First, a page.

August 12, 2005


by Ilene Ladd

LEWISBURG, Pa. — Fascinating sculptures, sculptural groupings and installations using appliances and other domestic objects as the principal material are on display in the main gallery of the Samek Art Gallery at Bucknell University. The sculptures are the work of 1986 Bucknell graduate Allen C. Topolski.

"Topolski's works often evoke paradoxical responses: the sculptures seem oddly familiar and unknown; whimsical and disquieting; mundane or commonplace and fantastical or precious; mass-produced and finely handcrafted," said Daniel Mills, curator of the Samek Art Gallery.

Topolski will discuss his work in a gallery talk Friday, Aug. 26, at 5 p.m. in the Gallery Theatre of the Elaine Langone Center at Bucknell. The talk is open to the public without charge.

The photographs of Manuel Alvarez Bravo are being exhibited in the Project Room of the Samek Art Gallery. Alvarez Bravo is one of the foremost figures in the history of photography and one of the great Mexican artists of the 20th century.

A self-taught photographer, Alvarez Bravo created a substantial body of work during a career that spanned eight decades. His photographs are deeply rooted in the culture, people and landscape of Mexico, capturing rural and urban life during a century that saw tremendous changes.

In conjunction with the Alvarez Bravo exhibit, Roberto Tejada will give a gallery talk Friday, Sept. 16, at 5 p.m. in the Gallery Theatre of the Elaine Langone Center. The talk is free to the public.

The Topolski and Bravo exhibits can be viewed Aug. 19 through Sept. 25 in the Samek Art Gallery, located on the third floor of the Elaine Langone Center.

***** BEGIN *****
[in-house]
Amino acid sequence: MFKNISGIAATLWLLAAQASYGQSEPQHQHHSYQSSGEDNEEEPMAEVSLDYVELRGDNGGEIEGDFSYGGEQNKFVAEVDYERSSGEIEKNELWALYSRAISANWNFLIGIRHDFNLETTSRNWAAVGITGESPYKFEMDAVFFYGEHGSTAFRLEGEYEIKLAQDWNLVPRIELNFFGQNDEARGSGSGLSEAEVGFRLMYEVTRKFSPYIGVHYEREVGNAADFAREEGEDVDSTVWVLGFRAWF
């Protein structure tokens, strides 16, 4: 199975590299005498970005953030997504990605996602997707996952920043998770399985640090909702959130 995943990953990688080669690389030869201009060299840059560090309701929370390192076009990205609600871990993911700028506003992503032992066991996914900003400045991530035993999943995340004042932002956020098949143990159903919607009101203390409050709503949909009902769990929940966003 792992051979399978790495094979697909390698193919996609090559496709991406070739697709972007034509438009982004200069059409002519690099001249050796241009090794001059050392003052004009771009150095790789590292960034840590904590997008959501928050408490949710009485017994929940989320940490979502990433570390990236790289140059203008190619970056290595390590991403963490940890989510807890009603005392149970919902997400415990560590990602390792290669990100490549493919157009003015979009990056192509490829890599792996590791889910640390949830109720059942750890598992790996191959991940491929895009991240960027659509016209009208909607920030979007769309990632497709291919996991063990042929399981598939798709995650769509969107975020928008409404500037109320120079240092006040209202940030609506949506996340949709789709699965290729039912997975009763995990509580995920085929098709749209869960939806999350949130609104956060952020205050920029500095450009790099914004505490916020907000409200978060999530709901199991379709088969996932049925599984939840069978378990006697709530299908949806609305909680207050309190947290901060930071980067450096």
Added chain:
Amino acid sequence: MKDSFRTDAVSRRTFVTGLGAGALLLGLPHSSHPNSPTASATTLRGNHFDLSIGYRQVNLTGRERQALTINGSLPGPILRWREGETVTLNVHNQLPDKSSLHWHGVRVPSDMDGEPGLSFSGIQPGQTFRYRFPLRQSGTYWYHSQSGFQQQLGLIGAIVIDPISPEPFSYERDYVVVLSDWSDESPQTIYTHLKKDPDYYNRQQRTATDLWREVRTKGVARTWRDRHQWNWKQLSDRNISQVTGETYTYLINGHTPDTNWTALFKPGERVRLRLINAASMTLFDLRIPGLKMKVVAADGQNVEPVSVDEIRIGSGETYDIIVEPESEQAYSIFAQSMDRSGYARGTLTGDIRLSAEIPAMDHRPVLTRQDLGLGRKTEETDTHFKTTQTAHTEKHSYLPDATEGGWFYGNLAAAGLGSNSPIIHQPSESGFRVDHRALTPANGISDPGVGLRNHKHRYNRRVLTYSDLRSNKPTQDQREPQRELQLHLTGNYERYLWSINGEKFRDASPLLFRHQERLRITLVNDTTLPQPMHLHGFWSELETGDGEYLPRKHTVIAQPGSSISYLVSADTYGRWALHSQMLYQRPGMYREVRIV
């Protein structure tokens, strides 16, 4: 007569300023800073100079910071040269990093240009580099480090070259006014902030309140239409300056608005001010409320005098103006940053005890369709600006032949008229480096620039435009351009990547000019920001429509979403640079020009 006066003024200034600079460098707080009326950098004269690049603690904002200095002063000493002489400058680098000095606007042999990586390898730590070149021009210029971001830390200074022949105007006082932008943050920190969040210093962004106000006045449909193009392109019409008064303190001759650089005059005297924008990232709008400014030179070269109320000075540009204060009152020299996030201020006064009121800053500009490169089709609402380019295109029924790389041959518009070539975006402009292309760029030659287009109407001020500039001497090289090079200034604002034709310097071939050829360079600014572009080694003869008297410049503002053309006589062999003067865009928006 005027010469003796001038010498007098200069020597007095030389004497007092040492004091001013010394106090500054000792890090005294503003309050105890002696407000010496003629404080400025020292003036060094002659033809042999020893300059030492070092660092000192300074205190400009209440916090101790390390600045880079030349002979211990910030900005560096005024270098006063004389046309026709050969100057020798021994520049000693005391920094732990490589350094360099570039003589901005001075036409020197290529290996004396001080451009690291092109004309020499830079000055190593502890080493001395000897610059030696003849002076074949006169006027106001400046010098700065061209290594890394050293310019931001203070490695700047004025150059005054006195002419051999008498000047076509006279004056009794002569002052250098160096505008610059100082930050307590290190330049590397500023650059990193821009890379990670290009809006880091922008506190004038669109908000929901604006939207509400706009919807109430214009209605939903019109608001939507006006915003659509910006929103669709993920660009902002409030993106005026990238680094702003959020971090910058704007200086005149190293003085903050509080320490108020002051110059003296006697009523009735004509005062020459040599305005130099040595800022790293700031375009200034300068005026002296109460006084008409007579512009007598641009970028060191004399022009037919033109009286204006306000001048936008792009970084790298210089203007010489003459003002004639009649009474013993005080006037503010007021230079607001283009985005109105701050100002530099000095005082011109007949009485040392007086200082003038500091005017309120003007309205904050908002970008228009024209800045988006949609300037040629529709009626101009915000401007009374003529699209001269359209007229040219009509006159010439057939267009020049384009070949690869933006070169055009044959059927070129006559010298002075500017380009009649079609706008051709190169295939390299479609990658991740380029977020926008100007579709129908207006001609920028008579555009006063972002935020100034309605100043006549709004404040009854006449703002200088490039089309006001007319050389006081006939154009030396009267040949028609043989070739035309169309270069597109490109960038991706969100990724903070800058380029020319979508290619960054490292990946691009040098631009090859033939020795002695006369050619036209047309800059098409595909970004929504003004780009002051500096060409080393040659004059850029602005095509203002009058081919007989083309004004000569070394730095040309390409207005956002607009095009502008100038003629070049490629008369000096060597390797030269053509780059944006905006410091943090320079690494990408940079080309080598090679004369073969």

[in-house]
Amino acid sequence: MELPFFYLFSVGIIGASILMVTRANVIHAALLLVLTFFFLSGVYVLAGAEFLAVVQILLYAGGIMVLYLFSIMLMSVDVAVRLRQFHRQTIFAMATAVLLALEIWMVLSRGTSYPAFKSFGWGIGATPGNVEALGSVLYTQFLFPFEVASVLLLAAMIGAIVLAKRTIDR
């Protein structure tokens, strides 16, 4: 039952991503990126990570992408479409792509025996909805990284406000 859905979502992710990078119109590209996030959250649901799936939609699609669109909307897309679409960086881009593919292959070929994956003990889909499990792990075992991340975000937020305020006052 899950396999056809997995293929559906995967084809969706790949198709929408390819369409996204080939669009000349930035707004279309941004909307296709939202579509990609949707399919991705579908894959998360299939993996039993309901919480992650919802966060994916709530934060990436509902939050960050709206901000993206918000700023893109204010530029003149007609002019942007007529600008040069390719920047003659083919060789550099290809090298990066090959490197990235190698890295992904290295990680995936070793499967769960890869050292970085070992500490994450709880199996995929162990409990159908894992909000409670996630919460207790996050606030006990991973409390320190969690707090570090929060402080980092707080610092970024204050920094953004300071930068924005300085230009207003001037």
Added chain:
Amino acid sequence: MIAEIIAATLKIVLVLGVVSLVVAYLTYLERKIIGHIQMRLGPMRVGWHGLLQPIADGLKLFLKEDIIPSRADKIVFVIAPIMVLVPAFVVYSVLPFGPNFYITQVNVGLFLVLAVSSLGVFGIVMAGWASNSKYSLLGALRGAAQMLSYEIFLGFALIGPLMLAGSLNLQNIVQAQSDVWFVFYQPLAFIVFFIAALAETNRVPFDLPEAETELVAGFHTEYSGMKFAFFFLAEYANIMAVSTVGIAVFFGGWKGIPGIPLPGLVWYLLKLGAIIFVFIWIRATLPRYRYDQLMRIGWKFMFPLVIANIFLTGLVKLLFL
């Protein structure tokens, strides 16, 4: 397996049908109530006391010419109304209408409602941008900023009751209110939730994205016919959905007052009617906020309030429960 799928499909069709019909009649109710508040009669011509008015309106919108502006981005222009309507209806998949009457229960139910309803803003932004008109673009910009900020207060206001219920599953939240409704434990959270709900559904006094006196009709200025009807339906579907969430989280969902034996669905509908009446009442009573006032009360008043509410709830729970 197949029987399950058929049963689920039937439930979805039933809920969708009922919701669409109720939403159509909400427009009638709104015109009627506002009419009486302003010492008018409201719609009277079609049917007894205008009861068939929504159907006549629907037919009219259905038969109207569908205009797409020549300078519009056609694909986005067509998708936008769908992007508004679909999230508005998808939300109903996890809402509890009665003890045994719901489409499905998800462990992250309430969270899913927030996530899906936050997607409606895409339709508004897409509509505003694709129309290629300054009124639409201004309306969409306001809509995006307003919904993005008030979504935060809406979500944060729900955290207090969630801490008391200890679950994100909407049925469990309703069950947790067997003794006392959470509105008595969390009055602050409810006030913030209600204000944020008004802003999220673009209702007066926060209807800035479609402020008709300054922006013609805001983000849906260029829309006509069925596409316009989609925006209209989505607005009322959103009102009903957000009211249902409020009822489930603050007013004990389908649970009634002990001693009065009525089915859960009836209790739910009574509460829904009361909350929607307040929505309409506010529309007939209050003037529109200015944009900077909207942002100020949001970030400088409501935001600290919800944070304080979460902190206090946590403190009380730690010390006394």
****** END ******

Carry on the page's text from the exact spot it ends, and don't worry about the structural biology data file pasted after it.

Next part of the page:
Gallery hours are weekdays 11 a.m. to 5 p.m.; Thursdays 11 a.m. to 8 p.m.; and weekends 1 to 5 p.m., and by appointment. The Gallery is accessible by elevator. For more information about the gallery, call 577-3792 or see http://www.bucknell.edu/SamekArtGallery/

Other exhibits during the 2005-06 academic year are:

"Carrie Mae Weems: The Louisiana Project," main gallery, Oct. 4 through Nov. 22. "`The Louisiana Project' is an installation incorporating still photography, narrative, and video projection as part of an examination of the complex history of New Orleans and the resulting "commingling culture.

"Weems' work raises questions of social justice, racial and sexual identity and the legacy of slavery. While the focus of this work is Louisiana, the cultural implications extend far beyond one state or region," said Mills.

"Carving in Context II: Granite Carving by William Lasansky," begins Jan. 28. This solo exhibition, his sixth at Bucknell, features small and medium-size sculptures by Lasansky, professor of art since 1968, who will retire at the end of the school year.

His sculpture, carved of granite, combines representational and abstract forms that often reference other cultures while leaving parts of the stone in its raw state. Examples of Lasansky's larger work are on view at the Weis Center for the Performing Arts.

A concurrent invitational exhibition will include the work of Lasansky's former graduate assistants who are active sculptors, teachers, and art administrators from around the country. Several of these students will join him in a discussion of their work on Jan. 28. The exhibit runs from Jan. 28 through March 26, 2006.

The Annual Student Show will be on display from April 7 through May 2. The Student Exhibition provides the Bucknell community an opportunity to view student works created in drawing, painting, photography and video, printmaking, and sculpture courses, and also work created independently.

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